Thursday, May 15, 2008

Grover Cleveland and Jaw Cancer

I read an article talking about how some presidents have hid their illnesses while others were frank about them. Health Media Lab has a section on presidential illnesses as well. They write:
Over the past century, the health of our presidents has become a political as well as a medical issue. Beginning with Chester Alan Arthur's administration in 1881, the perceived political consequences of disclosing a president's medical problems have sometimes conflicted with the public's concern for accountability and openness. Presidents Arthur and Kennedy chose to keep their incurable diseases secret. President Dwight D. Eisenhower, on the other hand, advocated full disclosure. President Lyndon B. Johnson chose at first not to disclose information about his gall bladder problem He later changed his mind, even showing reporters the scar left from his surgery.

One of their articles is about the secret operations performed on Grover Cleveland for mouth cancer:
On 1 July 1893, an operation was performed on President Grover Cleveland to remove a cancerous lesion from his left upper jaw. The operation took place on a private yacht as it steamed up Long Island sound to the President's summer home in Massachusetts. Performing the surgery was Dr. Joseph D. Bryant of New York, assisted by Dr. W. W. Keen of Philadelphia, three other doctors, and a dentist.

The surgeons performed the entire operation inside the mouth without making an external incision. Two weeks later, a second operation was done, again on the yacht, to remove additional suspicious tissue. A vulcanized rubber plate was made for the President, which restored his speaking voice so well that when he reappeared in public no one could detect that an operation had taken place.

Despite all the care taken to prevent publicity, the story broke on 29 August in the Philadelphia Press. It was firmly denied by the White House and Cleveland's friends and family. The official word was that the President had had a bad tooth extracted.

The reason for the secrecy was that the country was in the middle of a financial crisis caused by the inflationary Sherman Silver Purchase Act of 1890. Cleveland had been elected to a second term on a platform that called for repeal of the Act and his leadership was essential to that process, which was to begin at a special session of Congress on 7 August 1893. His Vice-president, Adlai Stevenson, was a "silver man" and opposed to the repeal. Feeling that any sign of ill health might be interpreted as weakness and throw support to the pro-silver side, Cleveland decided to keep the operation secret.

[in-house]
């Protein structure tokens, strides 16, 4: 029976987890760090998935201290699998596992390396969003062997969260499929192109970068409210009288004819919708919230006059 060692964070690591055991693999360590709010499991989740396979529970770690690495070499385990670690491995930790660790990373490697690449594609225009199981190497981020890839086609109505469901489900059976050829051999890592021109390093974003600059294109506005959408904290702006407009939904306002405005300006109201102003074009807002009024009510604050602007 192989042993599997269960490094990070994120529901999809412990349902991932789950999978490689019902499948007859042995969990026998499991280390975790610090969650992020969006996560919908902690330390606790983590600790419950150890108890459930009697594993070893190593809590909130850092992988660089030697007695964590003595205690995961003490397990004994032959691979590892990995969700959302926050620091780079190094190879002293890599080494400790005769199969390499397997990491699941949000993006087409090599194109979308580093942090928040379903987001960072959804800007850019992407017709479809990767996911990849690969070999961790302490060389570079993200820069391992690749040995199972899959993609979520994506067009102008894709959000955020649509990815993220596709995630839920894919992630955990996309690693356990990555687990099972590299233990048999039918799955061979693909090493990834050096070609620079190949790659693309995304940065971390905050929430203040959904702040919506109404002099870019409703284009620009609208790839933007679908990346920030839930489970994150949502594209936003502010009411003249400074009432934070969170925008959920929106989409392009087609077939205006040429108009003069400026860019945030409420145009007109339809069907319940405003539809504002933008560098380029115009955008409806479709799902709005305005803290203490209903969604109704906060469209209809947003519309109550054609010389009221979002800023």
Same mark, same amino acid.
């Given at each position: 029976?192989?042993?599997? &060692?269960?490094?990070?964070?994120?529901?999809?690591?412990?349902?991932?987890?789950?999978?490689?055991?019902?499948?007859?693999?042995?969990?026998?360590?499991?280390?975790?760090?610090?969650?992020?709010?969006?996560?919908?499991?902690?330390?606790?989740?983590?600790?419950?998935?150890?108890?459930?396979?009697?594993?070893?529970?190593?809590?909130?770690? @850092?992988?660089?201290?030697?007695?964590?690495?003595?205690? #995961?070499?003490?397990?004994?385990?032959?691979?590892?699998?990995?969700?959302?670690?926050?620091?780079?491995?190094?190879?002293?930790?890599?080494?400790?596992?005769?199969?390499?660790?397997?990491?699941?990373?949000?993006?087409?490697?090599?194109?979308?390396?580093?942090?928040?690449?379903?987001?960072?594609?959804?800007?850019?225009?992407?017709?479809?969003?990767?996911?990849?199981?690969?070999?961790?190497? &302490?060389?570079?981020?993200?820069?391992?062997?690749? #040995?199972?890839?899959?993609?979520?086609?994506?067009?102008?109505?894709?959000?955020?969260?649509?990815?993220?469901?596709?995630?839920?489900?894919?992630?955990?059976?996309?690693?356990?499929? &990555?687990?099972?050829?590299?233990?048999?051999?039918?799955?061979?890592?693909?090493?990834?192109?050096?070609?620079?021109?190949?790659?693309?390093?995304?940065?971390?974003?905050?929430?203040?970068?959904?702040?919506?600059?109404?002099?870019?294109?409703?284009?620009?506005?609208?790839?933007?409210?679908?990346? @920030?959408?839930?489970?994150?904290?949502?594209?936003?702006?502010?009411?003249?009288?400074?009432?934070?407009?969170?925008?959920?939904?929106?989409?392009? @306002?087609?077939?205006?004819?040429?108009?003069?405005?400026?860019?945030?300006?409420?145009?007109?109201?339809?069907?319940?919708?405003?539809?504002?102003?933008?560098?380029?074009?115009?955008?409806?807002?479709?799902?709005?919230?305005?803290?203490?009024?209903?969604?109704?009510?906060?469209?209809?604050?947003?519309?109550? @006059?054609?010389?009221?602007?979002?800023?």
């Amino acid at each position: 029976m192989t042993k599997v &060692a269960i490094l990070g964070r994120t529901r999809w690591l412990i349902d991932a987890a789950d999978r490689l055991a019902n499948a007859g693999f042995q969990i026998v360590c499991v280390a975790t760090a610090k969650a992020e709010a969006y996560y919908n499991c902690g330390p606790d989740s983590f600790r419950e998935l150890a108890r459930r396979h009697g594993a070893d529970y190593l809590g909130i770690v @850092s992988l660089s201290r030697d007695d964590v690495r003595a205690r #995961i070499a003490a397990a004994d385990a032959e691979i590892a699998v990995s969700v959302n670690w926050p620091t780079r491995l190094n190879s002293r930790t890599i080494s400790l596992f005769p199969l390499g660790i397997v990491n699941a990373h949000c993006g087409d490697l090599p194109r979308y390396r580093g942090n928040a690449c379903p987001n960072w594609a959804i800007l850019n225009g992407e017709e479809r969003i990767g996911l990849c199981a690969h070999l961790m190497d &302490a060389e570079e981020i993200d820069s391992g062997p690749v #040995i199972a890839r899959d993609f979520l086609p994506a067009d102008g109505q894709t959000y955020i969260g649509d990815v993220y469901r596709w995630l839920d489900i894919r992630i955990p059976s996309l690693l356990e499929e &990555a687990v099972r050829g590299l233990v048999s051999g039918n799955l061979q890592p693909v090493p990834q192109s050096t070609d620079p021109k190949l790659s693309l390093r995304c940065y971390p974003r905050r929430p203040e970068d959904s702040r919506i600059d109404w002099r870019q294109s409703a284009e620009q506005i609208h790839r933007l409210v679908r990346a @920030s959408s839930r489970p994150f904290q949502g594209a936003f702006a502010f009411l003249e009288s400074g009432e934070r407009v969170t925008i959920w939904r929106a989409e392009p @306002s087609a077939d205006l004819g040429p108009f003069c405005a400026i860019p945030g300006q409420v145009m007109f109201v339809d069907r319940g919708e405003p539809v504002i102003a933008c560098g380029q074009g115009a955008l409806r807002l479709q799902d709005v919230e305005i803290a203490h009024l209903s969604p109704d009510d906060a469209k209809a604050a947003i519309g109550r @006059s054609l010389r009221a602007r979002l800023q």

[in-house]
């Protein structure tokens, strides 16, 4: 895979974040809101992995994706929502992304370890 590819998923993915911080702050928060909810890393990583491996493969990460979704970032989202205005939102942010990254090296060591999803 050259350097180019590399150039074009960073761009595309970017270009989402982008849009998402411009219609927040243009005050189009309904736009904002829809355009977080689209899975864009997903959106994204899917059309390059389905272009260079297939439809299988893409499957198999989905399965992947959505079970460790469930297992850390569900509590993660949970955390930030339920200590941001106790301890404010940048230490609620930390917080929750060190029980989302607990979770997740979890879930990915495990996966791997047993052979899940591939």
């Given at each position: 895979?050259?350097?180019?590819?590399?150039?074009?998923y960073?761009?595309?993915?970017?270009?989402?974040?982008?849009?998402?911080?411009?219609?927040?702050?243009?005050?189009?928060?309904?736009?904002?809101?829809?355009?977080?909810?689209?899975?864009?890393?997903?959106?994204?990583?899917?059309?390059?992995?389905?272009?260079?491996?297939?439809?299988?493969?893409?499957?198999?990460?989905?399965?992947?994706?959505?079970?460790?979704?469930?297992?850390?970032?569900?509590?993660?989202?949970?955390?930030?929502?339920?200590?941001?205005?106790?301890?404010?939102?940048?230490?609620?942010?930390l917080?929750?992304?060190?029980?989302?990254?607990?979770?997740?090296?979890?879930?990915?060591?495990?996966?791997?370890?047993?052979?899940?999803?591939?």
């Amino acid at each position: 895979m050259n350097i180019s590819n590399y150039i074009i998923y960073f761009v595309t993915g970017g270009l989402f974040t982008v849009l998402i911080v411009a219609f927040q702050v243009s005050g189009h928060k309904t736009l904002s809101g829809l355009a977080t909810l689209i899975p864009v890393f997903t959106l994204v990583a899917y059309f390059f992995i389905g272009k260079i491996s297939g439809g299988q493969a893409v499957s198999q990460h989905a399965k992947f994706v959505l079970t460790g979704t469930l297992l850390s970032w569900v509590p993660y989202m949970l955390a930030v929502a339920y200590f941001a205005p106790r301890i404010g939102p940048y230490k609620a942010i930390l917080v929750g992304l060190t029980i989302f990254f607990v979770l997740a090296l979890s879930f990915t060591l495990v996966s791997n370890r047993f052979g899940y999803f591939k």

President Cleveland was the standard-bearer of a Democratic Party that was split into two factions - the conservative pro-business gold standard faction which he led, and the free-silver faction led by William Jennings Bryan. Cleveland defeated President Benjamin Harrison's re-election bid in 1892 by campaigning on a sound-money platform, but was able to carry his party only by choosing free-silver advocate Adlai Stevenson as his running mate.

Given the political climate, Cleveland decided that the operation should be kept secret. Plans were made to assemble a surgical team selected by Dr. Bryant on the private yacht Oneida, owned by Cleveland's friend, Commodore Elias C. Benedict.

Dr. Keen wrote that, "The entire operation was done within the mouth, without any external incision, by means of a cheek retractor, the most useful instrument I have ever seen for such an operations, which I had brought back from Paris in 1866."

Dr. Kasson C. Gibson, a New York prosthodontist, was called up to the President's summer home to make a vulcanized rubber prosthesis to fill in the large defect in the President's palate and restore his speech to normal.

From the time of the operation, questions lingered as to the exact nature of the lesion and its malignancy. In 1975, a reexamination of the tissue determined that it was a verrucous carcinoma of the hard palate and gingiva, which fit the clinical features of the case as described by Drs. O'Reilly, Keen and others. Unlike the highly metastatic oral cancer squamous carcinoma, it is usually cured by surgical excision.

Dr. Keen was professor of surgery at Jefferson medical College from 1889 to 1907, and was known as a bold and innovative surgeon and was recognized as a leader in the field. Keen concluded that Cleveland's decision to keep the operation a secret had been a wise one.
After his operation, Cleveland returned to Washington for the special session of Congress he had called on 7 August. With his urging, the House passed the repeal of the Sherman Act on 28 August. The fight in the Senate continued at greater length, and the repeal was not finally passed until 30 October.

In a letter to Dr. Kasson C. Gibson, written 14 October 1893, Cleveland writes: "My dear Doctor, I hasten to announce that you have scored another dental victory and a greater one than has before attended your manipulation of my corpus. The new plate came last night...I have worn it all day with the utmost ease and wife says that my voice and articulation are now much better than they have been for a number of days...If I could only regain my strength and hearing I should feel quite like myself."

Verrucous carcinoma is typically associated with the use of tobacco and alcohol. Cleveland occasionally drank spirits and was very fond of beer; he also enjoyed smoking both cigars and pipes.

This project - When the President is a Patient - has many fascinating articles to explore!

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